01/29/2009 05:12 am ET Updated Nov 17, 2011

Tear Down The Walls -- How to Use Demands as Clues

"Behind every argument is someone's ignorance." -- Louis D. Brandeis

Rather than reacting to the other person's demands, use those statements as clues to underlying needs.

A co-worker demands you finish your work in a week. You respond that you will finish your work in two weeks as you originally stated. You immediately sensed the co-worker's anger and take personal offense to the demand. The demand pushed your buttons. An opposite position is taken, and voila, the fight is on. You did not sense the underlying distress and anxiety your co-worker feels because his boss yelled at him and his family is struggling financially. Caving in to a threat will not necessarily satisfy underlying needs. Going ballistic in response to a threat may bring you to a standstill.

Your own demands present a similar opportunity. When you are surprised by your own flash of anger, you may not be fully conscious of your own desires. You may be missing the underlying needs that your own anger is revealing to you. If you do not heed your own clues, you will leave out something that truly matters to you. Ask questions that explore what is motivating that demand: their concerns, desires and goals.

In either of these situations, literally and figuratively taking a deep breath keeps you from being sucked in to the dangerous cycle of anger. If you instead perceive them merely as hints to a deeper diagnosis, you can preempt unnecessary hostility. This mindset leads you to ask helpful questions to others like "What has changed about the work project?" You can ask yourself questions like "Why am I getting so mad here?" This approach expands the possibility of a conversation rather than narrowing to simplistic arguments.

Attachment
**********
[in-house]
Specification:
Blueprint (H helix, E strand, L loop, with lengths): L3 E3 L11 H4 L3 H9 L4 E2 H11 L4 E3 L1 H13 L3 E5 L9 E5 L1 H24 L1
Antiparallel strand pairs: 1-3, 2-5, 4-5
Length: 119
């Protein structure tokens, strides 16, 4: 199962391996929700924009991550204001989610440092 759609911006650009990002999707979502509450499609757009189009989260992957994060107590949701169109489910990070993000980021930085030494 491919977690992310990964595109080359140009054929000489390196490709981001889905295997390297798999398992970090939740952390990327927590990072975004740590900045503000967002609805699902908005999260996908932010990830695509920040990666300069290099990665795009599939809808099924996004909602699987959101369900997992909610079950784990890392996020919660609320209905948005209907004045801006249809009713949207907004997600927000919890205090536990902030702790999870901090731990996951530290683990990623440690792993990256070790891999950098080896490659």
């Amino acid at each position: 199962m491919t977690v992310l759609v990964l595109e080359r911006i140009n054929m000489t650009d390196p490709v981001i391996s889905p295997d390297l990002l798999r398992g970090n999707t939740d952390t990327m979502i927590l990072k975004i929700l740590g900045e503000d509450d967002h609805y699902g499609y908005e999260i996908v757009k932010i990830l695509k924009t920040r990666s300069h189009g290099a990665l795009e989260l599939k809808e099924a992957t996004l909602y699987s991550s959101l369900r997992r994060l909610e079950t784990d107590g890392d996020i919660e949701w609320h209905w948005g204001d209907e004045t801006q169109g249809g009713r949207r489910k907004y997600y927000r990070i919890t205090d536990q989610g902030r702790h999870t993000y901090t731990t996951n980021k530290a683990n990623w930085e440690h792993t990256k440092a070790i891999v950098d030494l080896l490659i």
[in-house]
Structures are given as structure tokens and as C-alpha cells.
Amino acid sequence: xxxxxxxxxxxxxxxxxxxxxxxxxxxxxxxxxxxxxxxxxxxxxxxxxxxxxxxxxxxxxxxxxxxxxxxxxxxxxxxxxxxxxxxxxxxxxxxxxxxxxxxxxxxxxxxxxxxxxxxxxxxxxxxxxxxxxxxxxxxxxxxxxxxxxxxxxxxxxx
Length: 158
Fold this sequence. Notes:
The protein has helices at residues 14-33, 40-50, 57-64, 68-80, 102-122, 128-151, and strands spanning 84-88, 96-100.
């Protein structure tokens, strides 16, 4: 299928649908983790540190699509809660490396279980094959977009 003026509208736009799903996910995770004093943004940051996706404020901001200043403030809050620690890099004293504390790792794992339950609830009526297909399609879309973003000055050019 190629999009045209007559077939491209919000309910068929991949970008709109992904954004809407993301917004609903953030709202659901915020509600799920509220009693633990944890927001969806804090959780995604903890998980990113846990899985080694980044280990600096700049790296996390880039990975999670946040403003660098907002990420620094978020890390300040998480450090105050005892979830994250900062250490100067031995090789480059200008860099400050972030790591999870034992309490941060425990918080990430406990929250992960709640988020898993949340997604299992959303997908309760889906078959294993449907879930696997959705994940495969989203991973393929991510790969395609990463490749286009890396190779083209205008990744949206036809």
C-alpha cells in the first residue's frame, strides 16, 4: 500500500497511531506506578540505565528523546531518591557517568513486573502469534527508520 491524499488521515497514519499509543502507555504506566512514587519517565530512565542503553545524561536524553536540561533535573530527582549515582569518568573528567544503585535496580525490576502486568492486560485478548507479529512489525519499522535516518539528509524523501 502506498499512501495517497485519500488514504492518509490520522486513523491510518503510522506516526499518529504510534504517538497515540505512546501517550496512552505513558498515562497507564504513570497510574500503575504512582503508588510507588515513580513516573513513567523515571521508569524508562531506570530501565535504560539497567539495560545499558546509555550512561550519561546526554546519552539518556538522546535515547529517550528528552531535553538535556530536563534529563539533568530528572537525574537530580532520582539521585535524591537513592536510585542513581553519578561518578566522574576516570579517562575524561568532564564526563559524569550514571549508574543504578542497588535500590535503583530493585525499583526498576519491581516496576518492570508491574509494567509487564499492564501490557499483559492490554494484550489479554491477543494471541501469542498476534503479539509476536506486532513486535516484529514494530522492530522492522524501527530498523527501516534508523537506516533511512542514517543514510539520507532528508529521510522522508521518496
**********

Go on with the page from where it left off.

Look at the words and emotions as unique clues, rather than obvious conclusions. Demands reveal the invisible: unmet desires, mixed emotions, and tipping points. Behind the demand is a wealth of thoughts, emotions that ultimately show the path to constructive conversation. Play the detective and probe what is said and unsaid to unearth the insight that points a path forward.

In my next post, I will focus on looking for heroism in conflict, both in you and the other person.

To learn more about the importance of communication skills particularly in negotiation and conflict resolution, read about the solutions, results and publications Grande Lum has created at Accordence, Inc.

For further discussion, contact Grande at